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The process has accelerated dramatically this year. Two major U.S. airlines--Delta and Northwest--turned to bankruptcy court to cut costs and delay pension-fund contributions. This followed earlier bankruptcy filings by United Airlines and USAirways, both of which jettisoned their guaranteed pension plans. Then on Oct. 8, the largest U.S. auto-parts maker, Delphi Corp., filed for bankruptcy protection, seeking to cut off medical and life-insurance benefits for its retirees. Delphi's pension funds are short $11 billion. To Elizabeth Warren, a Harvard law professor who specializes in bankruptcy, this is just going to get worse, as ever more companies see the value to their bottom line of "scraping off" employee obligations. "There's no business in America that isn't going to figure out a way to get rid of [these benefit promises]."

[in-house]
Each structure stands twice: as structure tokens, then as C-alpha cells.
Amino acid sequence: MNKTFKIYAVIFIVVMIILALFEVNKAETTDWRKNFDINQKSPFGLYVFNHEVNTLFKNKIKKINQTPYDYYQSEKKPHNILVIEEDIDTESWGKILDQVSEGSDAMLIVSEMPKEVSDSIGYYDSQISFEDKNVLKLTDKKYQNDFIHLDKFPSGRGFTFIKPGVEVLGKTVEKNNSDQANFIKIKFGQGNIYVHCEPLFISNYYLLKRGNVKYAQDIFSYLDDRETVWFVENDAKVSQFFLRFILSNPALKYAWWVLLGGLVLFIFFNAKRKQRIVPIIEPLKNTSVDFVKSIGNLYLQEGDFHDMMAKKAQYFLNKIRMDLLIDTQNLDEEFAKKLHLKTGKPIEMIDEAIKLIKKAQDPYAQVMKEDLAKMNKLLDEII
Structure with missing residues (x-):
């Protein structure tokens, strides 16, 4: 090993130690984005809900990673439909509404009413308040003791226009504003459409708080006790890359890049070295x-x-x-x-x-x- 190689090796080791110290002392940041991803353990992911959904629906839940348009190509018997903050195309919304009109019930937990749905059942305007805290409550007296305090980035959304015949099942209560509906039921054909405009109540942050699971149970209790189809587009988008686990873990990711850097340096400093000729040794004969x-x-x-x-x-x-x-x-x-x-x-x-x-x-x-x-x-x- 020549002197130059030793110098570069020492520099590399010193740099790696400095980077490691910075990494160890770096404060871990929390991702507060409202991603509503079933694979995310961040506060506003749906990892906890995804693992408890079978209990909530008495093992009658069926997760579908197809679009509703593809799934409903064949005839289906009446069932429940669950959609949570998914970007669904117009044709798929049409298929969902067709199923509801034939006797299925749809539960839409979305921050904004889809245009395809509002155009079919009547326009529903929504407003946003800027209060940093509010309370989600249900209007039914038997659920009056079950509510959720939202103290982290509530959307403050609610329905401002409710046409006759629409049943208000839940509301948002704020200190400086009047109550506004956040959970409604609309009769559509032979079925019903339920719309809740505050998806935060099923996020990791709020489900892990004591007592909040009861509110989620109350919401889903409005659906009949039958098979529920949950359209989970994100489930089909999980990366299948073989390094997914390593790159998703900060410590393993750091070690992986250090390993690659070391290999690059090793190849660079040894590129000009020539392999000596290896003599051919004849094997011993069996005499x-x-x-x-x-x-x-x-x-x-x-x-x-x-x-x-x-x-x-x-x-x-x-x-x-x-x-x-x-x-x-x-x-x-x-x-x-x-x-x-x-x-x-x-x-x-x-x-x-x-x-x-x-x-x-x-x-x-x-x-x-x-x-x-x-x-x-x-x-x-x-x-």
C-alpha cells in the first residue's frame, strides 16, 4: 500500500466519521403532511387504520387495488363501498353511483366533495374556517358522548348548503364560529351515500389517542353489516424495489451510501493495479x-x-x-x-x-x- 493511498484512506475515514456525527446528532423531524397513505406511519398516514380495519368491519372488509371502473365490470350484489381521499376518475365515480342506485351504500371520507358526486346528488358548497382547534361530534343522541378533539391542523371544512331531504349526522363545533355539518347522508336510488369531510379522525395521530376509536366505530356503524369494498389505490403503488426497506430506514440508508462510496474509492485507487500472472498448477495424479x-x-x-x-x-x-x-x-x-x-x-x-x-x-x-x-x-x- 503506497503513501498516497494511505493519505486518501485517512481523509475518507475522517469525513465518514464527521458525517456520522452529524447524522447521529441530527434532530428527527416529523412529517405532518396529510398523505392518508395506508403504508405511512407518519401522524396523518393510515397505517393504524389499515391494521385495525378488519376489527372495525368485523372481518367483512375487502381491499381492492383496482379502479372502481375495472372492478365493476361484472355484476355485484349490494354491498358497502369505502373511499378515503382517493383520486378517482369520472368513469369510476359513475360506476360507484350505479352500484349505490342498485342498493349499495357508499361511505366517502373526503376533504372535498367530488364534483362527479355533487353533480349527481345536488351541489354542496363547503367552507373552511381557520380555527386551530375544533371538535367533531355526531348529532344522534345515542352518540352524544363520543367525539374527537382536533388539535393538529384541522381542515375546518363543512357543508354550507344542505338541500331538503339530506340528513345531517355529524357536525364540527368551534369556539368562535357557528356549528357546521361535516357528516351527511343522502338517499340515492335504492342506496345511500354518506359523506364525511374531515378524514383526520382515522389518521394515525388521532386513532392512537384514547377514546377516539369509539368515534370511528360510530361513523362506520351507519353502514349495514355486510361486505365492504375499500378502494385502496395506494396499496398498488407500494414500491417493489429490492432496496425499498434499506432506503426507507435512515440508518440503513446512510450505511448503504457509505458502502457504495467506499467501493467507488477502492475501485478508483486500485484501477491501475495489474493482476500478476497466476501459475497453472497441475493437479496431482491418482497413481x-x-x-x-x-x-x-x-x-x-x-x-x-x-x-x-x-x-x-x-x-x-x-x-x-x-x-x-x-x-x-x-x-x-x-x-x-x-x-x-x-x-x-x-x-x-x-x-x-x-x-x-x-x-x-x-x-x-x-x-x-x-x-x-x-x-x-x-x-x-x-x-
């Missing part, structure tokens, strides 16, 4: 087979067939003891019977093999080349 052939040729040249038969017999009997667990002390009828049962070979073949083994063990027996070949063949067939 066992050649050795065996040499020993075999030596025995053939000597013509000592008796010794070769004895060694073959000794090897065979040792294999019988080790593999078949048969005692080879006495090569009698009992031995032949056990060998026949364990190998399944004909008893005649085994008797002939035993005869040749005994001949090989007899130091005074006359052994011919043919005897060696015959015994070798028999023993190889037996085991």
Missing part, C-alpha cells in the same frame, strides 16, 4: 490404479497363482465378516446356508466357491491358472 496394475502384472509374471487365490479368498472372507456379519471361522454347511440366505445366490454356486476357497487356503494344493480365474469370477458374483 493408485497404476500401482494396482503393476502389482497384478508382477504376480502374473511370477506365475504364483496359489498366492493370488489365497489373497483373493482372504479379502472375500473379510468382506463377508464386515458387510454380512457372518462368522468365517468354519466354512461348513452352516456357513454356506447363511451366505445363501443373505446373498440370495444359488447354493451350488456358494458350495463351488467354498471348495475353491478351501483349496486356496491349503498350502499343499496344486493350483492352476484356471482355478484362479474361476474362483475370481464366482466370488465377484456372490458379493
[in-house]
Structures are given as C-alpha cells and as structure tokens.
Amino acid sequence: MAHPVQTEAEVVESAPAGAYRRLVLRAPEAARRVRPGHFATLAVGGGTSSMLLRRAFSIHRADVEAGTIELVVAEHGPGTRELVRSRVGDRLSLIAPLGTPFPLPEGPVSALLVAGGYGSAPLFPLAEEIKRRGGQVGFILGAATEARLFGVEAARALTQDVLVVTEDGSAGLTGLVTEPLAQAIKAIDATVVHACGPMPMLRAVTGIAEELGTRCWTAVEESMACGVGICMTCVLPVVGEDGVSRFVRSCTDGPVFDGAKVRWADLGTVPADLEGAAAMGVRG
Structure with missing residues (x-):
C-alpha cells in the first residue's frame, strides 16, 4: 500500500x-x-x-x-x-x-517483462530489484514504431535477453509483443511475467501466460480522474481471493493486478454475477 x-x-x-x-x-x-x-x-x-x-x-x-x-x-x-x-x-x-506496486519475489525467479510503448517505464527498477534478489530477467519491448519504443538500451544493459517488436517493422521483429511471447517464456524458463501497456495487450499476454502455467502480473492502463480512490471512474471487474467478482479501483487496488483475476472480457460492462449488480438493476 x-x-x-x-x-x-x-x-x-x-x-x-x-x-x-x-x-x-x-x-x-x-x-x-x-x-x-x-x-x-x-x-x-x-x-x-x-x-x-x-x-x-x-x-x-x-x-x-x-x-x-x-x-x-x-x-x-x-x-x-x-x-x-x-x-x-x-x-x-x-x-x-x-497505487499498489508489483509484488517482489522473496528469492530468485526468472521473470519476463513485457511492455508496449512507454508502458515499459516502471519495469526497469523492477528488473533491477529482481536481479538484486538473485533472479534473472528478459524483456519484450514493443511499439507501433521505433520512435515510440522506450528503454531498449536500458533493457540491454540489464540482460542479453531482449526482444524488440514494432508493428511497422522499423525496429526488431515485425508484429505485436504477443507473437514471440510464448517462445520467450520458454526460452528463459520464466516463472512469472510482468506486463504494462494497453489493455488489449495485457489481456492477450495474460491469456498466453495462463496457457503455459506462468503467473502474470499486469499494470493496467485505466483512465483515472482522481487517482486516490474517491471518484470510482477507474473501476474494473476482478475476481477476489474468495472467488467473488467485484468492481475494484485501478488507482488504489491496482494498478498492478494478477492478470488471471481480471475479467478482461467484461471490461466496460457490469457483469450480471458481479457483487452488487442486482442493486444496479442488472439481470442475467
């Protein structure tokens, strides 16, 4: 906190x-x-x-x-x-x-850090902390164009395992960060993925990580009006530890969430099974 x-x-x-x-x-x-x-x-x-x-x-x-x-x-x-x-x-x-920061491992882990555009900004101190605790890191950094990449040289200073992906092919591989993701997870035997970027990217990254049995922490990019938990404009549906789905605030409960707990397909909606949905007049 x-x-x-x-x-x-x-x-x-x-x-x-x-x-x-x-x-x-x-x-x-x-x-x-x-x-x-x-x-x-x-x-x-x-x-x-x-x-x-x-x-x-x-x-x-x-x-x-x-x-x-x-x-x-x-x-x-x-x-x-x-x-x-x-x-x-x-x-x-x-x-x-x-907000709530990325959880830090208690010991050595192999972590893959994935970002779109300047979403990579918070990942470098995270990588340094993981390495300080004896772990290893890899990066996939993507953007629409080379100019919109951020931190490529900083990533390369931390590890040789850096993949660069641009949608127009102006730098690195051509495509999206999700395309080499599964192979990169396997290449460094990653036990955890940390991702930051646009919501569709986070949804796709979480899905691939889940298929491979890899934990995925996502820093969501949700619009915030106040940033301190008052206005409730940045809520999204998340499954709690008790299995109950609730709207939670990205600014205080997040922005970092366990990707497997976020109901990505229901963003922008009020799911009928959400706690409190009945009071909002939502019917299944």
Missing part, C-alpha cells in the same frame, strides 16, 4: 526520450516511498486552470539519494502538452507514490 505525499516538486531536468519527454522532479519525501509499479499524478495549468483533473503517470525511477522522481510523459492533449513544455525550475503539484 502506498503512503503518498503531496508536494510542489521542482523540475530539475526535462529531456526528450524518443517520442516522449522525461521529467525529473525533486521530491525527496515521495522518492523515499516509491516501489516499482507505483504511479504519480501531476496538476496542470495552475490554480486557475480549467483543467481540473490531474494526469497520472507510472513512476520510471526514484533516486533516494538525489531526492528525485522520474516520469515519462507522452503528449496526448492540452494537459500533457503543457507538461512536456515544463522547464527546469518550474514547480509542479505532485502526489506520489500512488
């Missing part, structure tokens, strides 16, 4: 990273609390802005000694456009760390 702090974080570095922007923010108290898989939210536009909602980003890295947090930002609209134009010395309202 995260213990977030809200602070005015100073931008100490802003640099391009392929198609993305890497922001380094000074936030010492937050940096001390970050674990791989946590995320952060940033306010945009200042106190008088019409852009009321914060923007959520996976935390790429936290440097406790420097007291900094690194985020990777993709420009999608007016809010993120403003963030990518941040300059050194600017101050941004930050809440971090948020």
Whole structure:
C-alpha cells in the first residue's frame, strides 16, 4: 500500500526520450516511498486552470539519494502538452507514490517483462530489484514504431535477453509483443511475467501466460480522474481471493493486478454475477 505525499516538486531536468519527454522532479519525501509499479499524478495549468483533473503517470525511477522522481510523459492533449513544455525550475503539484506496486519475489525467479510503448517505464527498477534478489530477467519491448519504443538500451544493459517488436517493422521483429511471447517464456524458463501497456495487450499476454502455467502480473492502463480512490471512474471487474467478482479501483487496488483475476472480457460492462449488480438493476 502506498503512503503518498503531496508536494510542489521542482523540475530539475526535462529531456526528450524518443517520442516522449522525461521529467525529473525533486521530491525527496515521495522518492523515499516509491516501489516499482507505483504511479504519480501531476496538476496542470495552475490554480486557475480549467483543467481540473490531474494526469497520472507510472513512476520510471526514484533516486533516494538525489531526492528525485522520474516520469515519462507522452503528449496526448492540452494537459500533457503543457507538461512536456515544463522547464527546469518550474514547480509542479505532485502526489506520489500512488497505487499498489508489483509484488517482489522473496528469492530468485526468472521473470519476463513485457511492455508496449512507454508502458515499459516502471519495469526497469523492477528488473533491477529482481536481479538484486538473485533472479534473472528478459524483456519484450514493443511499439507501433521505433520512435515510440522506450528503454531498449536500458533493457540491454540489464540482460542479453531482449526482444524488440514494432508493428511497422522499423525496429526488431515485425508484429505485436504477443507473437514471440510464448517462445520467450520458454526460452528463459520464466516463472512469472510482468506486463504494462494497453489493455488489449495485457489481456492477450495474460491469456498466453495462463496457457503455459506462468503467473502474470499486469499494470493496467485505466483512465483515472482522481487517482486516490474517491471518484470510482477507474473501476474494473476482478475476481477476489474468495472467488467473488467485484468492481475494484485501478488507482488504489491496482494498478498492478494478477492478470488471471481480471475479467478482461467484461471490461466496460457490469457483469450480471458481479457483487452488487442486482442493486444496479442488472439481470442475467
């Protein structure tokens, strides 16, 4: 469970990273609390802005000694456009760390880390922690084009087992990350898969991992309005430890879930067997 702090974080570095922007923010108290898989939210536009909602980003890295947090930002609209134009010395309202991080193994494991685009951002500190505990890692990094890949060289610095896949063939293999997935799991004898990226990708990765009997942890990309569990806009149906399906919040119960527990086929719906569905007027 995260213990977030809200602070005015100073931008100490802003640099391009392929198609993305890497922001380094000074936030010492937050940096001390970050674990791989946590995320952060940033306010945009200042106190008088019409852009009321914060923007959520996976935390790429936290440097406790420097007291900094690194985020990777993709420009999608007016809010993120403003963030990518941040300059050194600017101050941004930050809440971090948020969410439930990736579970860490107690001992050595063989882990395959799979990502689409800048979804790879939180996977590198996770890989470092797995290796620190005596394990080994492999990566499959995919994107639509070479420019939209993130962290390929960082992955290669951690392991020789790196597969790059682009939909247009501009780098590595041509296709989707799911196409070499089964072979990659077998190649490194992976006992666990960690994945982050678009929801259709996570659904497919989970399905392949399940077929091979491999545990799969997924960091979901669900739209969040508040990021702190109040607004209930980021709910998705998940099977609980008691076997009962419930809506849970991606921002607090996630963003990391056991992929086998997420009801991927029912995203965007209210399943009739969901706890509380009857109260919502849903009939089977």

That may include the world's largest automaker--General Motors. Although GM chairman Rick Wagoner has insisted that "we don't consider bankruptcy to be a viable business strategy," some on Wall Street are skeptical, given the company's array of problems. Their view was reinforced when GM, the company that dominated the American economy through the 20th century, announced on Oct. 17 that it had reached a precedent-setting agreement with the United Auto Workers leadership to rescind $1 billion worth of health-care benefits for its retirees. If ratified by the union membership, the retrenchment will hasten the end to company-subsidized health care for all retirees. From 1988 to 2004, the share of employers with 200 or more workers offering retiree health insurance plunged, from 66% to 36%. The end result: a fresh and additional burden on retirees. Concluded a report by the Kaiser Family Foundation and Hewitt Associates: "For the majority of workers who retire before they turn age 65 and are eligible for Medicare, the coverage provided under employer plans is often difficult, if not impossible to find anywhere else." For retirees over 65, "employer plans remain the primary source of prescription drug coverage for seniors on Medicare ... This coverage is more generous than the standard prescription drug benefit that will be offered by Medicare plans beginning in 2006."